Whether you’ve just moved into your first home or the house of your dreams, it’s not complete until you have chosen the right fixtures to fill it full of light.

To accomplish this, it helps greatly to consult a good lighting professional. Some homeowners believe that they will save money at a large chain- or bargain-store. You may be surprised to learn that a good lighting center staffed with knowledgeable professionals offers competitive prices, combined with the excellent advice that only experienced staff can give.

Because of the dazzling variety of lighting options available, it also helps to become familiar with the three basic styles of lighting fixtures and the effects they will produce.
Being able to describe your goals as “traditional,” “transitional,” or “contemporary” will move you quickly to making decisions that suit your home best.

Almost anyone can guess at least a few elements of “traditional” lighting: chandeliers, ceiling fixtures, wall sconces. There are two main questions to be answered when choosing “traditional” lighting—“what tradition?” and “how traditional?”

Perhaps you wish to follow the architectural style of your house closely: Colonial lighting will lead you in one direction, while Victorian leads in another. Pulling a strict “traditional” look together may well involve some research into the period and visits to antique stores as well as the lighting center.

Traditional” lighting is usually produced by companies that have researched materials and manufacturing methods of the period. Some fixtures are copied directly from historic originals. Lines and details definitely hark back to earlier times, and there is a stylistic coherence from piece to piece.

“How traditional” is a question that only you can answer. You may prefer strong suggestions of a particular period or culture without strict line-for-line adherence to style. Rather than your home “being of” a specific period, you would like it to “feel like” it. Your large enclosed porch reminds you of your grandmother’s house, and you want the porch to “feel” as comfortable and welcoming as hers did. For other rooms, you may want another look entirely.

The mahogany dining room furniture insists on something crystal to keep it from darkening the room excessively. Again, “traditional” lighting may be just what you need to bring the room together, and you finally have the perfect reason to look at historically-accurate crystal chandeliers.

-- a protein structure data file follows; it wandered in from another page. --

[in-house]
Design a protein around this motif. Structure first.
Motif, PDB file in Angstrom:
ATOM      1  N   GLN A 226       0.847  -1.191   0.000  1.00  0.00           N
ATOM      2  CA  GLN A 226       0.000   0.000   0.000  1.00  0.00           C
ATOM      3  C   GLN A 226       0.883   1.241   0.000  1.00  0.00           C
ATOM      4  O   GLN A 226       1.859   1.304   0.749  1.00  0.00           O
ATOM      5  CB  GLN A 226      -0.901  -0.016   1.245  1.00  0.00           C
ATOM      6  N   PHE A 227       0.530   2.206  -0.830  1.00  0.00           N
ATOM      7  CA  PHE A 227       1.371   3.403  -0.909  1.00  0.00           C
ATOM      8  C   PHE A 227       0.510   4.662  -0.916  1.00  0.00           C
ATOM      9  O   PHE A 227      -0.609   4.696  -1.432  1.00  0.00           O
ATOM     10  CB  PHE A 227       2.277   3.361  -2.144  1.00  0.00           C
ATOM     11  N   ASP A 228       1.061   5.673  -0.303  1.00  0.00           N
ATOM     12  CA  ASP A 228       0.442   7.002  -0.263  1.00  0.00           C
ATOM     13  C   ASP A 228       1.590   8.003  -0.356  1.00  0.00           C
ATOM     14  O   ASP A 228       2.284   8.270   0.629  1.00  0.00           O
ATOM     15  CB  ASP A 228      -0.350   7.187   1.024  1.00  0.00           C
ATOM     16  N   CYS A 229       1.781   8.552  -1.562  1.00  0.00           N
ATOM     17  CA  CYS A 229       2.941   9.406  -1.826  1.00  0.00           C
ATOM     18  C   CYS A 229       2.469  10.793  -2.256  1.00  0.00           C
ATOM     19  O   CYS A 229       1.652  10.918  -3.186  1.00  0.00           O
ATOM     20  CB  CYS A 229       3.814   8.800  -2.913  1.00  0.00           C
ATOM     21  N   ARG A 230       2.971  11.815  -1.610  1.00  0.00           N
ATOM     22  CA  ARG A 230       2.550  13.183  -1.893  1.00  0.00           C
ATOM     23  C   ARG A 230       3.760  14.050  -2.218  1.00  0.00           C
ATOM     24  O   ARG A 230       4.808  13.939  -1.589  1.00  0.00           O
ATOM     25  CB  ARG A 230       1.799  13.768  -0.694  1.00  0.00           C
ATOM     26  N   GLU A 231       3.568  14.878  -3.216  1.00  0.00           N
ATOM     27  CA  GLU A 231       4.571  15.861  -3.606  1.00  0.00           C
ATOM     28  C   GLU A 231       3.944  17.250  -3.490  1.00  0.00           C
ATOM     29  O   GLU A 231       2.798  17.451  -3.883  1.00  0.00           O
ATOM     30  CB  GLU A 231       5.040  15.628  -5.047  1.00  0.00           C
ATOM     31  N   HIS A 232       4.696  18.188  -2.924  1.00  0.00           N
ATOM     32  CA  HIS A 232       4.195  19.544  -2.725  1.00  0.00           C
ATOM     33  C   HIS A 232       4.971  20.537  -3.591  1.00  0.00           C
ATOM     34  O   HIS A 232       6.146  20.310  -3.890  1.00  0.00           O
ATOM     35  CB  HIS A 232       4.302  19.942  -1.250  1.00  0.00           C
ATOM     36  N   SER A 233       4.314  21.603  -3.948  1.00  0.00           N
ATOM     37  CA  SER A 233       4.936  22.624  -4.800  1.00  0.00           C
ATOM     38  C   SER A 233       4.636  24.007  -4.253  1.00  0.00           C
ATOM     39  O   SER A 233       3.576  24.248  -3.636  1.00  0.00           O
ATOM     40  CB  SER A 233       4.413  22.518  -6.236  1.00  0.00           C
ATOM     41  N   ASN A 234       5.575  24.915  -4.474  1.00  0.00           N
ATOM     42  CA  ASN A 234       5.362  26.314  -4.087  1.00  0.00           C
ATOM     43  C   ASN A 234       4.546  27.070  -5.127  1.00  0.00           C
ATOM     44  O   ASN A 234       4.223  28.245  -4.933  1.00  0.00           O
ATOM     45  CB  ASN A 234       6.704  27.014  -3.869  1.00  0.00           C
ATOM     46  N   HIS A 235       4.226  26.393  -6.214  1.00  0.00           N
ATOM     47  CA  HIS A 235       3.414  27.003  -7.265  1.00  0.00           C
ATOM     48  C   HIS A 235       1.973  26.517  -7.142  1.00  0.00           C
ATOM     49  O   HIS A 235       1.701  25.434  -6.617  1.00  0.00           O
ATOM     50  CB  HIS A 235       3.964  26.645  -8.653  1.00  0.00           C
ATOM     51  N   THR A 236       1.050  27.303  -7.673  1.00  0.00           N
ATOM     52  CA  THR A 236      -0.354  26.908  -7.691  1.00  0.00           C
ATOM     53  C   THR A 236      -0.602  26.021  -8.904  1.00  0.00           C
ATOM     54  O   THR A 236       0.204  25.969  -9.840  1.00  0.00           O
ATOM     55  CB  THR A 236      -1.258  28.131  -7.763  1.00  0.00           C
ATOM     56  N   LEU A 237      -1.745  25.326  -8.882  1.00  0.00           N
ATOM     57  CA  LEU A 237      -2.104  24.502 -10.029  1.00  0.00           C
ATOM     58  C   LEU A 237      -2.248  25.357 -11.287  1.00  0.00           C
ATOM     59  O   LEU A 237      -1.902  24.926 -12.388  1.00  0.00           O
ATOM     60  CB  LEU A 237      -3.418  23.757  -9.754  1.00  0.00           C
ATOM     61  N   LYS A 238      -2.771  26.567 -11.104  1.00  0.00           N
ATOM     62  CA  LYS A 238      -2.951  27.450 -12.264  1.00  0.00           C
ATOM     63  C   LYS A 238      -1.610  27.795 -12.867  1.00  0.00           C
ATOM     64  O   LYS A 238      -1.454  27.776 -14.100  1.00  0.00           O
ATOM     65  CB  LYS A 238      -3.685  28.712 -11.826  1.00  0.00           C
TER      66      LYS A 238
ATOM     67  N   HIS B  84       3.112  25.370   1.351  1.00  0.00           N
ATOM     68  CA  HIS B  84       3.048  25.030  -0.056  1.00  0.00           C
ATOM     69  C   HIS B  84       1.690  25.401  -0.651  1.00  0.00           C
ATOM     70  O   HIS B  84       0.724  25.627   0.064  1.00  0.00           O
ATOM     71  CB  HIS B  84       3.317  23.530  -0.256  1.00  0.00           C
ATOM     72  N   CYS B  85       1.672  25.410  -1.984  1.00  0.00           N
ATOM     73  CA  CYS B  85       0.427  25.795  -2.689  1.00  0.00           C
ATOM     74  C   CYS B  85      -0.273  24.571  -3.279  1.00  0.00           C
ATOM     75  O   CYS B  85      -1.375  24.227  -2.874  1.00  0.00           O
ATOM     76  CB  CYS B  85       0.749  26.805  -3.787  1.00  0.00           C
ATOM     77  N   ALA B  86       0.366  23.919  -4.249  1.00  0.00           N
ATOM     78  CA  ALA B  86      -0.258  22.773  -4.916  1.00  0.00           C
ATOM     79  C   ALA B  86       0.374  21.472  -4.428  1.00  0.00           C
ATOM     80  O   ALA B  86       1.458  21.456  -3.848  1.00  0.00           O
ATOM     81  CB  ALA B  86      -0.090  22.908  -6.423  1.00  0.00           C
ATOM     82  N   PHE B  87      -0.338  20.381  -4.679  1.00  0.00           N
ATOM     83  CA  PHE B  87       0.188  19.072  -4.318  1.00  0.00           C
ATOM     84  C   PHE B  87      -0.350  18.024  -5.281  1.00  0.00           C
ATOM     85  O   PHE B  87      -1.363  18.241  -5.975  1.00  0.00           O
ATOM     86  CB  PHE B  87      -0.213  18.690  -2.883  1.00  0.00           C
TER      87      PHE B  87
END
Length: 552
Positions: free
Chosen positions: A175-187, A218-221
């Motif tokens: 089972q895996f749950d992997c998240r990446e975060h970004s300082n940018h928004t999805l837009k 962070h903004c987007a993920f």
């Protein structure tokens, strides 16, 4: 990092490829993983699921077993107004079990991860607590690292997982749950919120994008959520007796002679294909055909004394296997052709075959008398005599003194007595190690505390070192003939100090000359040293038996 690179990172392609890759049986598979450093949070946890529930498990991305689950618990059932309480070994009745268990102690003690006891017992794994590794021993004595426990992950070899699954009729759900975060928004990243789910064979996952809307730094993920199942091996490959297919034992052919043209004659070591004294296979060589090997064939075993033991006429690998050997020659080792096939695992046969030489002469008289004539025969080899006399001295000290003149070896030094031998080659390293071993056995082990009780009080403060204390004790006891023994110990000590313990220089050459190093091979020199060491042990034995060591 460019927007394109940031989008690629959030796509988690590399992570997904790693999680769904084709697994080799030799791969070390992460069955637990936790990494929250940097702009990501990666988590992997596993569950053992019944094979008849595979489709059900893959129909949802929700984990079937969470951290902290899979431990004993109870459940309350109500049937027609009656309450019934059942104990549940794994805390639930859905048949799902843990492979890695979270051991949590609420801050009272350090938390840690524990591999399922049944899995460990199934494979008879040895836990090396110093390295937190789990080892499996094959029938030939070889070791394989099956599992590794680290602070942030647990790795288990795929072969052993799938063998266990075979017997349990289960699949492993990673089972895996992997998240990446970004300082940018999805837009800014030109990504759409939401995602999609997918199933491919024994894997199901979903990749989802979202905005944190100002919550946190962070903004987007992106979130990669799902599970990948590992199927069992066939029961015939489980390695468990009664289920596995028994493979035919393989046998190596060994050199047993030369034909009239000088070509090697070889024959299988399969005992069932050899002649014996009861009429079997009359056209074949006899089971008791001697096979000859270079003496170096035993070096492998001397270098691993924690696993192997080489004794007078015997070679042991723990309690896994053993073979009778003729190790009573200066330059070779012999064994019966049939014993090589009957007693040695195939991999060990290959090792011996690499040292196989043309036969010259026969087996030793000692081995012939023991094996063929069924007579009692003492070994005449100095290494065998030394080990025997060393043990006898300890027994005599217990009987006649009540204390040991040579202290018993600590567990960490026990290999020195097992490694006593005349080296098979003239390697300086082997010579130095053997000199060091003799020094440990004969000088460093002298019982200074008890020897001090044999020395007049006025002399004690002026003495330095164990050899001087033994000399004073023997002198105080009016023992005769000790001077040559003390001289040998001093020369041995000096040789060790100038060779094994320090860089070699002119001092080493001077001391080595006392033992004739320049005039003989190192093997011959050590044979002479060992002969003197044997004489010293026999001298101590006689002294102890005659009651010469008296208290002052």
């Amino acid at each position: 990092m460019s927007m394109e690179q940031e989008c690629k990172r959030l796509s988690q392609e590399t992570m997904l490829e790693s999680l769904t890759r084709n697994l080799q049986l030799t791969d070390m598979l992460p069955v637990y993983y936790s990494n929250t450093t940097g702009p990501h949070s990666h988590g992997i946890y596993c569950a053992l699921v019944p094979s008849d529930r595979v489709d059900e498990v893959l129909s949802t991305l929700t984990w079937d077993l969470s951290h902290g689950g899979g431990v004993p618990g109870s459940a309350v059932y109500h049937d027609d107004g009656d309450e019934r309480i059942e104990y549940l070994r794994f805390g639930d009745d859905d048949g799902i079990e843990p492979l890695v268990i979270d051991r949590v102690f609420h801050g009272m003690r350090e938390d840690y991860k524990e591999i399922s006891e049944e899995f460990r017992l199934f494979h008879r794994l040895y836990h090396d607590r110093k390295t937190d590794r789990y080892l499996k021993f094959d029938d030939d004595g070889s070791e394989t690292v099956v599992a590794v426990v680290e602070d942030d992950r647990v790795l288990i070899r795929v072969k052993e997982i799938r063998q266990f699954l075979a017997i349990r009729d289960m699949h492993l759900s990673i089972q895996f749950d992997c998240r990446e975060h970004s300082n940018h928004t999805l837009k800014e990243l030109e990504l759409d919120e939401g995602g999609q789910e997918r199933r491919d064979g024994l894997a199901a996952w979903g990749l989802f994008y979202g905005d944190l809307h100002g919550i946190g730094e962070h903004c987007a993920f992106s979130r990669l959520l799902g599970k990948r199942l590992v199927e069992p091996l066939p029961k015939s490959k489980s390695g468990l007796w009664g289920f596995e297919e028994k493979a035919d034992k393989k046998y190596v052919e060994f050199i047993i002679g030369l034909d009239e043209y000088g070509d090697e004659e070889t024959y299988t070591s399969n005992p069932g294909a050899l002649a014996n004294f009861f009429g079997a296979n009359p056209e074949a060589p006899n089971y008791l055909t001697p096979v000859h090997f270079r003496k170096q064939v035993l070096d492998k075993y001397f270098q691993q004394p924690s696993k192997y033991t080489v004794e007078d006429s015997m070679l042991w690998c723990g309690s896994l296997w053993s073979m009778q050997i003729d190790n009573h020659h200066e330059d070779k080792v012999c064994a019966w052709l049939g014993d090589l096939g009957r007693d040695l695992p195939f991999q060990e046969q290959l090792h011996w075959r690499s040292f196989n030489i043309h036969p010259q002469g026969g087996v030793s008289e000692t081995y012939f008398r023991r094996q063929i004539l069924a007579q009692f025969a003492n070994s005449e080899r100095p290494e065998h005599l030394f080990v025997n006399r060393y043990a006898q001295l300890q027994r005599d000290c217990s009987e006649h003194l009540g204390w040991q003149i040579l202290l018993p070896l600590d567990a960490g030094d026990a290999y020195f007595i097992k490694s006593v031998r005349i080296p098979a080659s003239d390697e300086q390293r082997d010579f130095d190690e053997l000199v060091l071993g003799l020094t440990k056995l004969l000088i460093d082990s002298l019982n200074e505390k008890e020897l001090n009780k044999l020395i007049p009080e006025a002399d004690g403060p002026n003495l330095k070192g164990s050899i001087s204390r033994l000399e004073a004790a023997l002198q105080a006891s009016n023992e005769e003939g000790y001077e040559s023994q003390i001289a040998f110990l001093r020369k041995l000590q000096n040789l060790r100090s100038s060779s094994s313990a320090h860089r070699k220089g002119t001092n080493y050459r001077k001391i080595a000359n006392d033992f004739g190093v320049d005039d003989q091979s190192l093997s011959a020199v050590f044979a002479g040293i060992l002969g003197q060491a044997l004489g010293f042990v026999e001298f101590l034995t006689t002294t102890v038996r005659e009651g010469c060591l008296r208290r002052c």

Then again, some houses and decors suggest that all rooms need a uniting factor. In a situation like this, “transitional” lighting is worth exploring. “Transitional” pieces gently suggest certain styles or periods without insisting on them. This is the style equally deserving of the names “classic” or “eclectic.”

Those two words may seem to contradict each other—how can something be a “classic” and yet the “eclectic” product of many styles? “Transitional” lighting accomplishes that by taking the best from a variety of styles and uniting them in a single piece. A good “transitional” lighting fixture reminds you of many things, yet stands on its own, never so assertively that it cannot be combined with other styles of lighting.

Contemporary” lighting styles suit many situations—the perfect choice for a high-tech kitchen or the definition needed in a room that possesses little of its own. Its reinterpretations of “lamp,” “ceiling fixture,” and “wall-fixture” are best approached with an open mind and a sense of humor. A huge three-armed floor-lamp swoops across a substantial space and yet provides excellent reading-light.

Color becomes an integral part of lighting, not just the choice of a shade. The best “contemporary” lighting makes a strong statement and, like a toddler, can take over the room if allowed. Allowed a strong role in décor, however, it brings strength and coherence to a room, along with a hip, edgy feel of “fun.”

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